I had the pleasure of talking with Anita Campbell a couple of weeks back, for an article published today on the Technology portal web pages of Inc. Magazine – Local Search — How Do I Use it for My Business? If you don’t know Anita, or her writings, I heartily recommend that you visit her Small Business Trends site, which is filled with useful and usable information about small businesses.
We didn’t know when we were discussing local search then that Google would make a change that would make local searches even more prominent, which they announced this morning.
You can find local search information on Google’s Local Search pages, but they also will sometimes show information in a regular Google Web search in a section above their Web search results about local businesses when they think that a search is intended to be a local search. See the post I made about Google OneBox Results at Search Engine Land if you want a technical explanation about how they might decide to show those results.
Continue reading “Google Boosts the Importance of Local Search”
Manoj Jasra of Web Analytics World and I talked last week, and he posted an audio version of the the interview this morning.
Among other topics, we discussed Social Media Optimization and Social Bookmarking, the possible impact of some new patents from Google, the approach competitors to Google might use in taking on the Mountain View search giant, how Microsoft might gain ground on Google by reallocating some of their internal resources, and the little I know about Danny Sullivan’s Search Marketing Expo.
Thank you, Manoj. It was a pleasure talking with you.
If you run a business, there are benefits to being social, to getting involved in your community. Building friendships and business relationships with others not only means having a richer social life, but also becoming part of the whole community.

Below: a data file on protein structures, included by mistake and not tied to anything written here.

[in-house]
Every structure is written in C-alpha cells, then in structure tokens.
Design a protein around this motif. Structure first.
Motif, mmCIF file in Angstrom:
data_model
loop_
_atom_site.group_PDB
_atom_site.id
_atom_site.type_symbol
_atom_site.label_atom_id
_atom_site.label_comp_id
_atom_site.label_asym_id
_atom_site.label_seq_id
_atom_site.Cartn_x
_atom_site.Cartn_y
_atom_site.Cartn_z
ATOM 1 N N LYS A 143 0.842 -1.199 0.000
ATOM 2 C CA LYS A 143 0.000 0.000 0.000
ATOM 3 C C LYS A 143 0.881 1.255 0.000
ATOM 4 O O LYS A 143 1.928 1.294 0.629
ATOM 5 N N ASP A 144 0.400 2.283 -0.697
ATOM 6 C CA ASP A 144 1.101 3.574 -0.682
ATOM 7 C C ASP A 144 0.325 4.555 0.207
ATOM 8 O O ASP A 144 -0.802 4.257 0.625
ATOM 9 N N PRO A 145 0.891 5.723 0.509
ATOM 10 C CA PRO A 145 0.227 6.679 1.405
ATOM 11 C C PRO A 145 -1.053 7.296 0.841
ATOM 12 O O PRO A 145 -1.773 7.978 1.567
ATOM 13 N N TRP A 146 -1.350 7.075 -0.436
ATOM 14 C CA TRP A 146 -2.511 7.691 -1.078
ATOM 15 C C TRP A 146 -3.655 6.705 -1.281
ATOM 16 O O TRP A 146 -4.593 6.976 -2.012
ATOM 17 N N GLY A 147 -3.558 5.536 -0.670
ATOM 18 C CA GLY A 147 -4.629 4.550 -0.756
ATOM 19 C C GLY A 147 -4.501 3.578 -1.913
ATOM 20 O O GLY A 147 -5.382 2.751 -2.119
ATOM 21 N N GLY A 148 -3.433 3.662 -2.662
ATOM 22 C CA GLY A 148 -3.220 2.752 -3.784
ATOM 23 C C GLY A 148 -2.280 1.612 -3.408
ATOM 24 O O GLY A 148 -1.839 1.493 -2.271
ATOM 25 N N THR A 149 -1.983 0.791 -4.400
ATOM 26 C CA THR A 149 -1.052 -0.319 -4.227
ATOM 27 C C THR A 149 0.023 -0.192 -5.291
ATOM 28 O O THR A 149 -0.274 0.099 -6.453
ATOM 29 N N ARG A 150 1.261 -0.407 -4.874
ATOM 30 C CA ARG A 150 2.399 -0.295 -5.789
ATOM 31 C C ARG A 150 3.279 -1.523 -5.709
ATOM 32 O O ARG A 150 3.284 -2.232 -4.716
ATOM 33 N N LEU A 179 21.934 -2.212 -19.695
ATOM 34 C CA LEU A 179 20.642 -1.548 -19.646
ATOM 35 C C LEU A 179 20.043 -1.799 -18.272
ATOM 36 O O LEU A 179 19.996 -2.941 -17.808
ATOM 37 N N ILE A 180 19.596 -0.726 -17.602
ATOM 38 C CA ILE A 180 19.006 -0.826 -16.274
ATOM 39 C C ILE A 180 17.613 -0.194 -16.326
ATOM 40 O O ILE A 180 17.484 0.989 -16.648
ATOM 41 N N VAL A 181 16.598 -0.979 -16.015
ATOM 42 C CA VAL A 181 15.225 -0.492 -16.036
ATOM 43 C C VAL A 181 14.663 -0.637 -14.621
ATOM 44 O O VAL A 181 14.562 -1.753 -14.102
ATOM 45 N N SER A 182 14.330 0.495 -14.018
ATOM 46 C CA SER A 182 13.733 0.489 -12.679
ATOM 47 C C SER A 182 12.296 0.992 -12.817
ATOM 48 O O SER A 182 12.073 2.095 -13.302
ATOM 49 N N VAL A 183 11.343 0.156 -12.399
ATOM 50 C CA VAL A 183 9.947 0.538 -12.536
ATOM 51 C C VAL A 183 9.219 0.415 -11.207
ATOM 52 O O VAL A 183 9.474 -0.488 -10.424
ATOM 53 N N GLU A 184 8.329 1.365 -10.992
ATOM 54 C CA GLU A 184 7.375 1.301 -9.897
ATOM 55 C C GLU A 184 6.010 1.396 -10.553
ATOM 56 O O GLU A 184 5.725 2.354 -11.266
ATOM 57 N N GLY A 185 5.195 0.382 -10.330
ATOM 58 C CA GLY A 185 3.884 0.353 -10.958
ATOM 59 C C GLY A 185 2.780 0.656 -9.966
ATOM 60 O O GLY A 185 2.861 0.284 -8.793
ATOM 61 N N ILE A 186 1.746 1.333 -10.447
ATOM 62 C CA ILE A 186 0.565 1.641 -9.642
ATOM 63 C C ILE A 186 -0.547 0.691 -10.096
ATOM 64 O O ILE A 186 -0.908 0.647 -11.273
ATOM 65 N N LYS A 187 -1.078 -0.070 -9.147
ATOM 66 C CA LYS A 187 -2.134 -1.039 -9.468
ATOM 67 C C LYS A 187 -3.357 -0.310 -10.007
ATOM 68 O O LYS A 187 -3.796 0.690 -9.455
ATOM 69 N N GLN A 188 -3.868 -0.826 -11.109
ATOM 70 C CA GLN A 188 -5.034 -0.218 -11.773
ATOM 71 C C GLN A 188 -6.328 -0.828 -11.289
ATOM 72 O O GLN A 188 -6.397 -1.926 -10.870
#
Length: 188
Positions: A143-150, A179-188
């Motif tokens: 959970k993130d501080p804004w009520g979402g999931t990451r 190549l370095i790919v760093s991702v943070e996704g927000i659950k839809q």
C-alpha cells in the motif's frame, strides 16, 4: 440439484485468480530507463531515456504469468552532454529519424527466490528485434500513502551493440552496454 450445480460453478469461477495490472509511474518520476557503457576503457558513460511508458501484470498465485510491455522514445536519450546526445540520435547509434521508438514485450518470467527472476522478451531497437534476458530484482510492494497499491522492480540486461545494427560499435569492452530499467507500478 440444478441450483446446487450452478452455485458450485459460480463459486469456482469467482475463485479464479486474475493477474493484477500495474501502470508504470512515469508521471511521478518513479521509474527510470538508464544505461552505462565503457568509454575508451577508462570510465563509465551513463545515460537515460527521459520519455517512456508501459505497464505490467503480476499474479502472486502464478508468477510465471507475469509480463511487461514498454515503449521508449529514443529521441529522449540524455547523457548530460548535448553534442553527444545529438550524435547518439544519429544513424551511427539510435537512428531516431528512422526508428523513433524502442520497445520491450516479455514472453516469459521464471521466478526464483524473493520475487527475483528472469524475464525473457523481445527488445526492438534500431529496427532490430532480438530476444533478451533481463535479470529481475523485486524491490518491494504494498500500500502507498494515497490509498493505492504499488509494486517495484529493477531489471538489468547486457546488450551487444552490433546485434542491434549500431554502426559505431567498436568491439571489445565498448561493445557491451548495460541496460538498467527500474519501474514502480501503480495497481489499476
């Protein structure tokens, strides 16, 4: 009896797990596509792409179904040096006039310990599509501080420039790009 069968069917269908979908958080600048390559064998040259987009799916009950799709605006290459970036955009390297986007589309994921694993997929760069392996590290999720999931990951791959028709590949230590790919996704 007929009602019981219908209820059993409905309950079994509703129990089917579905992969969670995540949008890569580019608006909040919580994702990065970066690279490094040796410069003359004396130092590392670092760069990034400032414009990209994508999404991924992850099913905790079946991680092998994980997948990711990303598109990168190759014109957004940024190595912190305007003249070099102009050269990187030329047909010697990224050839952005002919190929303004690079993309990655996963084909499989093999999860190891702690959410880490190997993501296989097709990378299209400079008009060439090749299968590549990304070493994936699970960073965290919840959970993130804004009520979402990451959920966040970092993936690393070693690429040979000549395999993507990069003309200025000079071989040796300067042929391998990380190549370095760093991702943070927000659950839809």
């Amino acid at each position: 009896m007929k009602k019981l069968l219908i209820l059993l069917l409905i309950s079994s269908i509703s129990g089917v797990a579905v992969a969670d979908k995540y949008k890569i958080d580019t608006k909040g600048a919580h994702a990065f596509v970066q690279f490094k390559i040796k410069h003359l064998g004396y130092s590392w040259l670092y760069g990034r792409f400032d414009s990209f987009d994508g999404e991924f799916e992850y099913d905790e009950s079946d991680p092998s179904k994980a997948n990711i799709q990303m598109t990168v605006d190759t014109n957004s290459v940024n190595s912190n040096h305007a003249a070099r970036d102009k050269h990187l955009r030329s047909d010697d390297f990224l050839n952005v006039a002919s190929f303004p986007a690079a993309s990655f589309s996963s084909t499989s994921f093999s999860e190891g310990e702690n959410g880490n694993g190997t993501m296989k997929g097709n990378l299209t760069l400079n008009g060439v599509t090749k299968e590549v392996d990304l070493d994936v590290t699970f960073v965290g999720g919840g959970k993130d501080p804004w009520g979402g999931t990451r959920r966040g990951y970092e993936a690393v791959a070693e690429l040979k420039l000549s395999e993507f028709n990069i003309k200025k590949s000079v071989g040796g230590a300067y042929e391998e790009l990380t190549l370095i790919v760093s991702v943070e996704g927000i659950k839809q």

Getting involved in a local chamber of commerce or main street business association can provide networking opportunities, and also a chance to help strengthen and enrich your community, and improve the standard of living for the people around you.
The internet expands our ability to be social beyond the scope of our local communities. The Web is a social place, a medium which allows people to communicate and interact regardless of differences in distance or timezones.
There are a lot of folks who have written about different aspects of the social nature of the web. I thought it would be interesting to find some papers from the last year that take a closer look at social networking online.
Continue reading “Some Social Networking Papers from 2006”
This week’s granted patents and published patent applications sees an old patented system from Google with a new reranking feature, a mobile sports tv, a multimodal wireless device from Microsoft, a cancelled internet access service for air travel which provided a geographic search service, a context aware user interface, wireless vending machine auditing, mobile scanning, and a platform for mobile services.
System and Methods for Perfoming Online Purchase of Delivery of Service to a Handheld Device
4121856 Canada Inc. (20070022438)
Continue reading “Mobile Patent Roundup 1-26-2007 – Reranking Searches by Language Used”
A new Google patent application on serving advertisements on mobile phones provides a glimpse of what those ads might look like, and what kinds of features might be included with them.
It might be possible to send a text message to advertisers.
Or download a coupon to use towards a purchase.
Images of products could be shown in the ads.
Continue reading “What Google Advertisments on Mobile Phones Might Look Like”
There are times when you perform a search in a search engine, and the results just aren’t very relevant.
When you don’t get the results that you expect from a internet or intranet search engine, is it because the search engine isn’t very good, or is it because there isn’t much indexable information on the web or intranet document repository that contains content related to that search?
A new patent application discusses how the folks who run search engines might identify difficult queries where there may not be much content collected by the search engine on certain topics. The process in the patent filing provides search engines the chance to offer searchers suggestions for queries where they may find an answer to questions that they may be searching for, or to allow indexing efforts from the engines to work on filling those gaps.
The best introduction to the patent filing is probably a couple of pages from IBM which discuss the efforts of the researchers who came up with this process:
Continue reading “Difficult Queries and Identifying Missing Content in Search Engines”